Why do I want to travel? You either understand the urge or you don’t. Ever since I was a kid, maybe ten years old, I have wanted to see the world. So did my mother, my Mimi. Every year she would store up her energy so we could travel in the States for the two or three weeks my dad had for vacation. This was no small feat for her. She had what I guess we would say was chronic tuberculosis throughout my childhood, but every summer she would summon all her strength and we would GO, one year to the east coast, and one to the west. One year we went to Mexico, to Monterey, just before she had to have an extremely serious operation to remove a lobe of her left lung, in an attempt to stem the spread of the disease to the other lobe. But I remember that trip still.
In 1955, she was down to breathing on one lobe of one lung. Heedless, I’d been planning a trip for the next summer, to go to Europe with good friends of mine, a boyfriend and his mother and sister. In that summer of ’55, Mimi had to have what we knew was a last-ditch operation. Before she went into the operation, in which she died, she told my dad that she wanted her life insurance to go to me for the trip. She had never made it abroad, but she wanted me to go in her stead. And so I did, in 1956, thinking of her all the time.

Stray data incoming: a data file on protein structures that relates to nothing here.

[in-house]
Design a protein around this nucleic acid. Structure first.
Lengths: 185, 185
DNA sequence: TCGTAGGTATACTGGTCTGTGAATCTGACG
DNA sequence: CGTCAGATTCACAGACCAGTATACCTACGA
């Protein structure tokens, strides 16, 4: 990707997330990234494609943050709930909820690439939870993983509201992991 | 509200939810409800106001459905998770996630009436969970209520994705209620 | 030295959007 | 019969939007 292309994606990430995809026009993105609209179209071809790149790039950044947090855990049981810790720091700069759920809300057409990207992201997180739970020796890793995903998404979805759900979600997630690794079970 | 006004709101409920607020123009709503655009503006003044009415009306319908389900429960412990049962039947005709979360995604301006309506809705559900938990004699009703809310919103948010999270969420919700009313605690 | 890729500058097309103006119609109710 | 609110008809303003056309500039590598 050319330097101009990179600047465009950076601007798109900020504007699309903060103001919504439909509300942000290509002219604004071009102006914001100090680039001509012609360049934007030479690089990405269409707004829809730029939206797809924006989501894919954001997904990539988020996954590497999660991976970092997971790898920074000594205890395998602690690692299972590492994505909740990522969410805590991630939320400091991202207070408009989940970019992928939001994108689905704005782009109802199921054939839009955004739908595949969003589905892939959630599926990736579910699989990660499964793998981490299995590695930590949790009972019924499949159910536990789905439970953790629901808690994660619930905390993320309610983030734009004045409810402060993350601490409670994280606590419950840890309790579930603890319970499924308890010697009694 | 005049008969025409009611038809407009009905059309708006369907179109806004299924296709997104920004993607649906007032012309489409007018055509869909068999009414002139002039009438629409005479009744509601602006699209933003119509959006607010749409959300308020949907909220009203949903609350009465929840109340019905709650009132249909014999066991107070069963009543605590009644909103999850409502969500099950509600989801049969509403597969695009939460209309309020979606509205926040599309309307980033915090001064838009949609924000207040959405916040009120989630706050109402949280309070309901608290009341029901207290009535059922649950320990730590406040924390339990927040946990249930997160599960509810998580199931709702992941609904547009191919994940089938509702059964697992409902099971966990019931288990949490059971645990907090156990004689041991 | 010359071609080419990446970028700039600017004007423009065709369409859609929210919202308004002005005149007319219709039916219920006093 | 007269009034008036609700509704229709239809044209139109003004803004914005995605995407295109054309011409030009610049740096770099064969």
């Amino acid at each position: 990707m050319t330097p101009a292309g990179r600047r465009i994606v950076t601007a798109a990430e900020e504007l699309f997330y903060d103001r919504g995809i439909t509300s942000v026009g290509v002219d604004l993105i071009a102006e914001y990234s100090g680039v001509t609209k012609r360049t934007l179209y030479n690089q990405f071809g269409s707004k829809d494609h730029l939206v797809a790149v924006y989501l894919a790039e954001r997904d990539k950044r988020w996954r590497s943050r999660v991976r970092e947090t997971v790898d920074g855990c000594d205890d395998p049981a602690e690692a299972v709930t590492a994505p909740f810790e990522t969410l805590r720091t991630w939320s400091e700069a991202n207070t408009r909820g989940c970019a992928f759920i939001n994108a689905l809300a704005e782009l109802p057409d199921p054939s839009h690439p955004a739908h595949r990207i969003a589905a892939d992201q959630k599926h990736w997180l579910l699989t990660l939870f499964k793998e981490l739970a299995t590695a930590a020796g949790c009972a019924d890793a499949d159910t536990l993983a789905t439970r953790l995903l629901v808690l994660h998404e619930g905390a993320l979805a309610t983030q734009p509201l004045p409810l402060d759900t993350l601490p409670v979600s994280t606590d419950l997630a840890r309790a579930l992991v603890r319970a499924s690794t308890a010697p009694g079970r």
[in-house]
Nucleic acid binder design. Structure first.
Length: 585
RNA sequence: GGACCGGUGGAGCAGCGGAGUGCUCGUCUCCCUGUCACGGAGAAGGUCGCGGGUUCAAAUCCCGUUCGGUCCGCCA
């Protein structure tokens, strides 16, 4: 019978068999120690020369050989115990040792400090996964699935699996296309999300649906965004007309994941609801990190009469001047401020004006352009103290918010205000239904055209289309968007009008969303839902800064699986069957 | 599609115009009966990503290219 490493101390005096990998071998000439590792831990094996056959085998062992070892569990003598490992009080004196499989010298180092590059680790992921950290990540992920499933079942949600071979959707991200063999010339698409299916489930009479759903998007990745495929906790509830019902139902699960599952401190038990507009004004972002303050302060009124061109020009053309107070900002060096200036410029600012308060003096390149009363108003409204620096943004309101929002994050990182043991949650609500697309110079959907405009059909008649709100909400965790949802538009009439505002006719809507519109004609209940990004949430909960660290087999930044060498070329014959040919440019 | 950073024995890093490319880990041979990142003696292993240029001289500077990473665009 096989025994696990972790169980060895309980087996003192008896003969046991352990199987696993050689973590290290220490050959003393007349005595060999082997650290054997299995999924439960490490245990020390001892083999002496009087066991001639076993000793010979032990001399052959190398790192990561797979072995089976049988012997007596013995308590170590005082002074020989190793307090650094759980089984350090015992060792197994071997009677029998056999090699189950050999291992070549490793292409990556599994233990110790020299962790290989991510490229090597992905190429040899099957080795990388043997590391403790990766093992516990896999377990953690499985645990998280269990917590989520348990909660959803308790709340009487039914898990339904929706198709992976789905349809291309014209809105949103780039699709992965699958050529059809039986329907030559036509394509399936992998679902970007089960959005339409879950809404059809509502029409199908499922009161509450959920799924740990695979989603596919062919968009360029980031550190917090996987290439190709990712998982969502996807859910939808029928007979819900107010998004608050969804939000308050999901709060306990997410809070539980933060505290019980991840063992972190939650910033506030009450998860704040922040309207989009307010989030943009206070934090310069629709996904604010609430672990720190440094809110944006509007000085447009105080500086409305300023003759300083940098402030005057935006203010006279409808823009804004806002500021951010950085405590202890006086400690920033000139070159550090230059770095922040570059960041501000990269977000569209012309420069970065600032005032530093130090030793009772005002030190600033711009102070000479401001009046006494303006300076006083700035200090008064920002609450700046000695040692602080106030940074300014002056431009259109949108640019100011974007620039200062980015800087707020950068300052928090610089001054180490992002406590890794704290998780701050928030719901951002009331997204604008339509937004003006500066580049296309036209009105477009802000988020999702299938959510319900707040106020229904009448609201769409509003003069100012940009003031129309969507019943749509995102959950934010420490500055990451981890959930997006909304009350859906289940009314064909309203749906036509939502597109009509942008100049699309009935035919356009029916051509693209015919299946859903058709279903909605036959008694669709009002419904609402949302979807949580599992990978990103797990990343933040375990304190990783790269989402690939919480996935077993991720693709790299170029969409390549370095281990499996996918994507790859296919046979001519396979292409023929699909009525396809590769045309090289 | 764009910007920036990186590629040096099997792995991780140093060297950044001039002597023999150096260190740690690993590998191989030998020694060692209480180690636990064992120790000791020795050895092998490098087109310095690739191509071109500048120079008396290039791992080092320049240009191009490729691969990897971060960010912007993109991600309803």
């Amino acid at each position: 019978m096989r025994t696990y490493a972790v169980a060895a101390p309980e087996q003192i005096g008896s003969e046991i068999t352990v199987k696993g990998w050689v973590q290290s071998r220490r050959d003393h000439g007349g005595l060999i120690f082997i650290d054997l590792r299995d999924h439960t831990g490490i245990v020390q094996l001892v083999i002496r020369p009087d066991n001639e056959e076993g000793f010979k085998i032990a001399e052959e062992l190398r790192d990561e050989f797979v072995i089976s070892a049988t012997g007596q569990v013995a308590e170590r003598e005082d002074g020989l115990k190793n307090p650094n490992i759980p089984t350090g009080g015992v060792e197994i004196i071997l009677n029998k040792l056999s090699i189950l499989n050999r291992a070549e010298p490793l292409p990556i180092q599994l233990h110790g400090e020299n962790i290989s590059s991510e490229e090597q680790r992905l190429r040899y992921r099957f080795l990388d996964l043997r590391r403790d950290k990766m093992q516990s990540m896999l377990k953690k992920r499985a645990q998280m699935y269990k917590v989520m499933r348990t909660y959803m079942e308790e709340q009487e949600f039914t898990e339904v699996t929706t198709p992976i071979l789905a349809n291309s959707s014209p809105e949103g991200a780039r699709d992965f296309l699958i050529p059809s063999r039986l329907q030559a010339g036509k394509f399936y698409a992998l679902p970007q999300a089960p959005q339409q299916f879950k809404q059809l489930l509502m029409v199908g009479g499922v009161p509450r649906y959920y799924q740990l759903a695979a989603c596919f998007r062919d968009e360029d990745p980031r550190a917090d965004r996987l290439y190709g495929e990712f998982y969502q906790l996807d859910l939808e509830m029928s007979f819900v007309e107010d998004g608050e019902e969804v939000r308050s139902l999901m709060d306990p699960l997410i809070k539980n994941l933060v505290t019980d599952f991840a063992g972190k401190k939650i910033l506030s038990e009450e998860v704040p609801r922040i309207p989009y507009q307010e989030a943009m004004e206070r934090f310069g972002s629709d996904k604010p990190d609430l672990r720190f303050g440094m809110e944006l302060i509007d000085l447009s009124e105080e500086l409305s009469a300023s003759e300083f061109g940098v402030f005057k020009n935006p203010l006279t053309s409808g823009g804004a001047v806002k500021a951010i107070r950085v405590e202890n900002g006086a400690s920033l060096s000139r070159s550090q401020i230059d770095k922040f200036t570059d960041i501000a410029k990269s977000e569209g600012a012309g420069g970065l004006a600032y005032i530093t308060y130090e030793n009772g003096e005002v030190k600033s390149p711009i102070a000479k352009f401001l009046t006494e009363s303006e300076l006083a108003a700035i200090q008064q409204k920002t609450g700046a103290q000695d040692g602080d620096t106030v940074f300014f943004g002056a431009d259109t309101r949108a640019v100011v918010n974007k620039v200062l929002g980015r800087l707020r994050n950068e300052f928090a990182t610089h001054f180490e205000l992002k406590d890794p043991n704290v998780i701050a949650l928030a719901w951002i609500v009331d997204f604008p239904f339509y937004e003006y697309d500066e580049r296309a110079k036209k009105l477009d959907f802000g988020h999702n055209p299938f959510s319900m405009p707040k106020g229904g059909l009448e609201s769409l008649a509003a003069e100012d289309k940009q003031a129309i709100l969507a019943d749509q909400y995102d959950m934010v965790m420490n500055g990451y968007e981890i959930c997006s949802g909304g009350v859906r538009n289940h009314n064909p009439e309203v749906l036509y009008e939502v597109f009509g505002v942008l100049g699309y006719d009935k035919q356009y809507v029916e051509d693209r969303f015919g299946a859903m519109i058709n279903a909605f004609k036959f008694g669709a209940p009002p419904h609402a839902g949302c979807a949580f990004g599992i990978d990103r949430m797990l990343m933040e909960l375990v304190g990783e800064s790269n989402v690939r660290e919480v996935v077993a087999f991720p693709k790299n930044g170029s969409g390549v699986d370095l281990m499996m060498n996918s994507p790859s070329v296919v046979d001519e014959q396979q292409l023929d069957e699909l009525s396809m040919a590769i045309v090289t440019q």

What with marrying Lincoln and having three kids, I didn’t get around to going abroad again until 1985, when Jeannette and I went to Greece, on our own. And after that I’ve continued to travel whenever I can.
There are many people who do not want to travel. They are content in their own environment, or maybe in that home plus a time share in Florida. They consider the effort or dangers or cost of going somewhere foreign not worth it. But for me, it has always been what I must do to feel that I have lived completely. The rewards have been great. And now that I can go freely again, not worrying about Lincoln or Jeannette or the “boys”, I intend to do so.
Mimi and I at Bellingrath Gardens
in Mobile, Alabama, about 1950.